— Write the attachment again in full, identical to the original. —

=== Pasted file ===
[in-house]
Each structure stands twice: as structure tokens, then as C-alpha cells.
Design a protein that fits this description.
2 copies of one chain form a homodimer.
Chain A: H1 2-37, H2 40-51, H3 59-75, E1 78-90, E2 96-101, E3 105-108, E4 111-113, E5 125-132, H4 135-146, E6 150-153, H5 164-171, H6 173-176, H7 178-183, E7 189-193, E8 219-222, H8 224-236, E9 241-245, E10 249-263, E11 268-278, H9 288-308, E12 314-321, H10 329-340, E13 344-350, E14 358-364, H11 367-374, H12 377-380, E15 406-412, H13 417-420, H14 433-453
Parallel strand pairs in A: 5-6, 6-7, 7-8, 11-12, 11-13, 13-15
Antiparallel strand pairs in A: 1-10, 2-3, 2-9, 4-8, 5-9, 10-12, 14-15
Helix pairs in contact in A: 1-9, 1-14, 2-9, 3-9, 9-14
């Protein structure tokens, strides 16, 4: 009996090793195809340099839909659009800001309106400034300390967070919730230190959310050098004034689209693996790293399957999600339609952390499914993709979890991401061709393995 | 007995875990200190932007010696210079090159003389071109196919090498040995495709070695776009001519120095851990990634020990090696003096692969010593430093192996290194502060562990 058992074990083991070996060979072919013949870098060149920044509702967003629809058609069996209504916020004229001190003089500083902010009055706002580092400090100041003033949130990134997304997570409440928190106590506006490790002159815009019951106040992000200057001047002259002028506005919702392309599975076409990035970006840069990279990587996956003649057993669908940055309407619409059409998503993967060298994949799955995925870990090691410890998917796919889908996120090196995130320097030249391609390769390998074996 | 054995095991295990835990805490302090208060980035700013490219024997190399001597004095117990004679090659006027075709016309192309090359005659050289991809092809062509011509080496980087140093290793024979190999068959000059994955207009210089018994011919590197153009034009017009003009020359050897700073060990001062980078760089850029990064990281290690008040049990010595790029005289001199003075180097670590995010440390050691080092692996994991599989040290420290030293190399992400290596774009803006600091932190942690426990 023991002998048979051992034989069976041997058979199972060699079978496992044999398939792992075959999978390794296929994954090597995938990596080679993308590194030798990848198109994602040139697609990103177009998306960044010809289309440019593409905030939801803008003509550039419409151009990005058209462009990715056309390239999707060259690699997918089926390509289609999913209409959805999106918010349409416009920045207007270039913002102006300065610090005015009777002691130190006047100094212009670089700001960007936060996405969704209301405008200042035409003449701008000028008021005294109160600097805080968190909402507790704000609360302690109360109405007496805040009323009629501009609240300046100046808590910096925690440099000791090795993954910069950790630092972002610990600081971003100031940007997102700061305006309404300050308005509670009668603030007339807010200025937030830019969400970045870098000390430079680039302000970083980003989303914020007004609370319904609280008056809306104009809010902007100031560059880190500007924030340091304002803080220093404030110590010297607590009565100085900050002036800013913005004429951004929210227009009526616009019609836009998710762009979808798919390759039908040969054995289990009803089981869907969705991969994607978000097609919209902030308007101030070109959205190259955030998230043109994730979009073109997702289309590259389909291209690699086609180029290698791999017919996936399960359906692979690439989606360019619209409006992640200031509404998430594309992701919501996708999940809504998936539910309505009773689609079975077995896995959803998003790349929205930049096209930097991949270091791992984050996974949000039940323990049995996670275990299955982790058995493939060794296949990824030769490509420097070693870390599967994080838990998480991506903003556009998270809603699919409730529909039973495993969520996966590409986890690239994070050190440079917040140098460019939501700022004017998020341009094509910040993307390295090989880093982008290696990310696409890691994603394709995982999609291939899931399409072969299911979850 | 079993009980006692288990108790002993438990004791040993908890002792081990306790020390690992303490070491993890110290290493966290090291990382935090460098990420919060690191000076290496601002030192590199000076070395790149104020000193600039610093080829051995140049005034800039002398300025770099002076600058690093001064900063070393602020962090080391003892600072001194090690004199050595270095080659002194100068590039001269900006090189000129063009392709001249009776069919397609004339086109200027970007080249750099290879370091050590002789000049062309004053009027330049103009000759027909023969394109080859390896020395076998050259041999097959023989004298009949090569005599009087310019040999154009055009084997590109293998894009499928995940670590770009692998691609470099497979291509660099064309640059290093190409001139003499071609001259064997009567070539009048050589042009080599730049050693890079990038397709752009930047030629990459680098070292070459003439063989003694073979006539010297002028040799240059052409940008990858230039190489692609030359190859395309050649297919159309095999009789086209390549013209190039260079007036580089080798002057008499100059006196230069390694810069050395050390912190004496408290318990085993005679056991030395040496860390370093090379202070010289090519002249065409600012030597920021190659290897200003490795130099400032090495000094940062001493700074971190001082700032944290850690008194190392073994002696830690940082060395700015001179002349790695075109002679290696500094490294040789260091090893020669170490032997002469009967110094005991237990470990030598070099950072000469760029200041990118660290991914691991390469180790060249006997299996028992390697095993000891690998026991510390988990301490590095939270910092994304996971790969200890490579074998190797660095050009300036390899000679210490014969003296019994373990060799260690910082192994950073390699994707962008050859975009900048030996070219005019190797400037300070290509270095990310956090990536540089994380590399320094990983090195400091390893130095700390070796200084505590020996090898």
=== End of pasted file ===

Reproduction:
[in-house]
Each structure stands twice: as structure tokens, then as C-alpha cells.
Design a protein that fits this description.
2 copies of one chain form a homodimer.
Chain A: H1 2-37, H2 40-51, H3 59-75, E1 78-90, E2 96-101, E3 105-108, E4 111-113, E5 125-132, H4 135-146, E6 150-153, H5 164-171, H6 173-176, H7 178-183, E7 189-193, E8 219-222, H8 224-236, E9 241-245, E10 249-263, E11 268-278, H9 288-308, E12 314-321, H10 329-340, E13 344-350, E14 358-364, H11 367-374, H12 377-380, E15 406-412, H13 417-420, H14 433-453
Parallel strand pairs in A: 5-6, 6-7, 7-8, 11-12, 11-13, 13-15
Antiparallel strand pairs in A: 1-10, 2-3, 2-9, 4-8, 5-9, 10-12, 14-15
Helix pairs in contact in A: 1-9, 1-14, 2-9, 3-9, 9-14
């Protein structure tokens, strides 16, 4: 009996090793195809340099839909659009800001309106400034300390967070919730230190959310050098004034689209693996790293399957999600339609952390499914993709979890991401061709393995 | 007995875990200190932007010696210079090159003389071109196919090498040995495709070695776009001519120095851990990634020990090696003096692969010593430093192996290194502060562990 058992074990083991070996060979072919013949870098060149920044509702967003629809058609069996209504916020004229001190003089500083902010009055706002580092400090100041003033949130990134997304997570409440928190106590506006490790002159815009019951106040992000200057001047002259002028506005919702392309599975076409990035970006840069990279990587996956003649057993669908940055309407619409059409998503993967060298994949799955995925870990090691410890998917796919889908996120090196995130320097030249391609390769390998074996 | 054995095991295990835990805490302090208060980035700013490219024997190399001597004095117990004679090659006027075709016309192309090359005659050289991809092809062509011509080496980087140093290793024979190999068959000059994955207009210089018994011919590197153009034009017009003009020359050897700073060990001062980078760089850029990064990281290690008040049990010595790029005289001199003075180097670590995010440390050691080092692996994991599989040290420290030293190399992400290596774009803006600091932190942690426990 023991002998048979051992034989069976041997058979199972060699079978496992044999398939792992075959999978390794296929994954090597995938990596080679993308590194030798990848198109994602040139697609990103177009998306960044010809289309440019593409905030939801803008003509550039419409151009990005058209462009990715056309390239999707060259690699997918089926390509289609999913209409959805999106918010349409416009920045207007270039913002102006300065610090005015009777002691130190006047100094212009670089700001960007936060996405969704209301405008200042035409003449701008000028008021005294109160600097805080968190909402507790704000609360302690109360109405007496805040009323009629501009609240300046100046808590910096925690440099000791090795993954910069950790630092972002610990600081971003100031940007997102700061305006309404300050308005509670009668603030007339807010200025937030830019969400970045870098000390430079680039302000970083980003989303914020007004609370319904609280008056809306104009809010902007100031560059880190500007924030340091304002803080220093404030110590010297607590009565100085900050002036800013913005004429951004929210227009009526616009019609836009998710762009979808798919390759039908040969054995289990009803089981869907969705991969994607978000097609919209902030308007101030070109959205190259955030998230043109994730979009073109997702289309590259389909291209690699086609180029290698791999017919996936399960359906692979690439989606360019619209409006992640200031509404998430594309992701919501996708999940809504998936539910309505009773689609079975077995896995959803998003790349929205930049096209930097991949270091791992984050996974949000039940323990049995996670275990299955982790058995493939060794296949990824030769490509420097070693870390599967994080838990998480991506903003556009998270809603699919409730529909039973495993969520996966590409986890690239994070050190440079917040140098460019939501700022004017998020341009094509910040993307390295090989880093982008290696990310696409890691994603394709995982999609291939899931399409072969299911979850 | 079993009980006692288990108790002993438990004791040993908890002792081990306790020390690992303490070491993890110290290493966290090291990382935090460098990420919060690191000076290496601002030192590199000076070395790149104020000193600039610093080829051995140049005034800039002398300025770099002076600058690093001064900063070393602020962090080391003892600072001194090690004199050595270095080659002194100068590039001269900006090189000129063009392709001249009776069919397609004339086109200027970007080249750099290879370091050590002789000049062309004053009027330049103009000759027909023969394109080859390896020395076998050259041999097959023989004298009949090569005599009087310019040999154009055009084997590109293998894009499928995940670590770009692998691609470099497979291509660099064309640059290093190409001139003499071609001259064997009567070539009048050589042009080599730049050693890079990038397709752009930047030629990459680098070292070459003439063989003694073979006539010297002028040799240059052409940008990858230039190489692609030359190859395309050649297919159309095999009789086209390549013209190039260079007036580089080798002057008499100059006196230069390694810069050395050390912190004496408290318990085993005679056991030395040496860390370093090379202070010289090519002249065409600012030597920021190659290897200003490795130099400032090495000094940062001493700074971190001082700032944290850690008194190392073994002696830690940082060395700015001179002349790695075109002679290696500094490294040789260091090893020669170490032997002469009967110094005991237990470990030598070099950072000469760029200041990118660290991914691991390469180790060249006997299996028992390697095993000891690998026991510390988990301490590095939270910092994304996971790969200890490579074998190797660095050009300036390899000679210490014969003296019994373990060799260690910082192994950073390699994707962008050859975009900048030996070219005019190797400037300070290509270095990310956090990536540089994380590399320094990983090195400091390893130095700390070796200084505590020996090898």